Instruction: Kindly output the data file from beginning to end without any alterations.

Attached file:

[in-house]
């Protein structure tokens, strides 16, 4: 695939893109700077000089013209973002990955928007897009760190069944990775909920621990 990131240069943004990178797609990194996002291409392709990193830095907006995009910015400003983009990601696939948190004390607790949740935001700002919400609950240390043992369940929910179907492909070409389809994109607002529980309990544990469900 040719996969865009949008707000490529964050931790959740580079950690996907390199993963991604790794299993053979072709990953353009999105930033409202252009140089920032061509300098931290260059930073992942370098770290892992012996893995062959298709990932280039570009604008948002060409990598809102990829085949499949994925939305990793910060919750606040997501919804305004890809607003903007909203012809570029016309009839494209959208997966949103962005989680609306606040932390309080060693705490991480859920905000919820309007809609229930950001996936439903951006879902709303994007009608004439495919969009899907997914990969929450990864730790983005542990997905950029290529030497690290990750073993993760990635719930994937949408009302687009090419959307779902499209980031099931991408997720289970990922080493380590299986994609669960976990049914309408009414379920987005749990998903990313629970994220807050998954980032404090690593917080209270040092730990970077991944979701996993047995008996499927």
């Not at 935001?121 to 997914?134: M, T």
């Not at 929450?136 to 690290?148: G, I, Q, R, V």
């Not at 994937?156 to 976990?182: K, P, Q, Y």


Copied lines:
[in-house]
């Protein structure tokens, strides 16, 4: 695939893109700077000089013209973002990955928007897009760190069944990775909920621990 990131240069943004990178797609990194996002291409392709990193830095907006995009910015400003983009990601696939948190004390607790949740935001700002919400609950240390043992369940929910179907492909070409389809994109607002529980309990544990469900 040719996969865009949008707000490529964050931790959740580079950690996907390199993963991604790794299993053979072709990953353009999105930033409202252009140089920032061509300098931290260059930073992942370098770290892992012996893995062959298709990932280039570009604008948002060409990598809102990829085949499949994925939305990793910060919750606040997501919804305004890809607003903007909203012809570029016309009839494209959208997966949103962005989680609306606040932390309080060693705490991480859920905000919820309007809609229930950001996936439903951006879902709303994007009608004439495919969009899907997914990969929450990864730790983005542990997905950029290529030497690290990750073993993760990635719930994937949408009302687009090419959307779902499209980031099931991408997720289970990922080493380590299986994609669960976990049914309408009414379920987005749990998903990313629970994220807050998954980032404090690593917080209270040092730990970077991944979701996993047995008996499927």
């Not at 935001?121 to 997914?134: M, T």
């Not at 929450?136 to 690290?148: G, I, Q, R, V």
């Not at 994937?156 to 976990?182: K, P, Q, Y």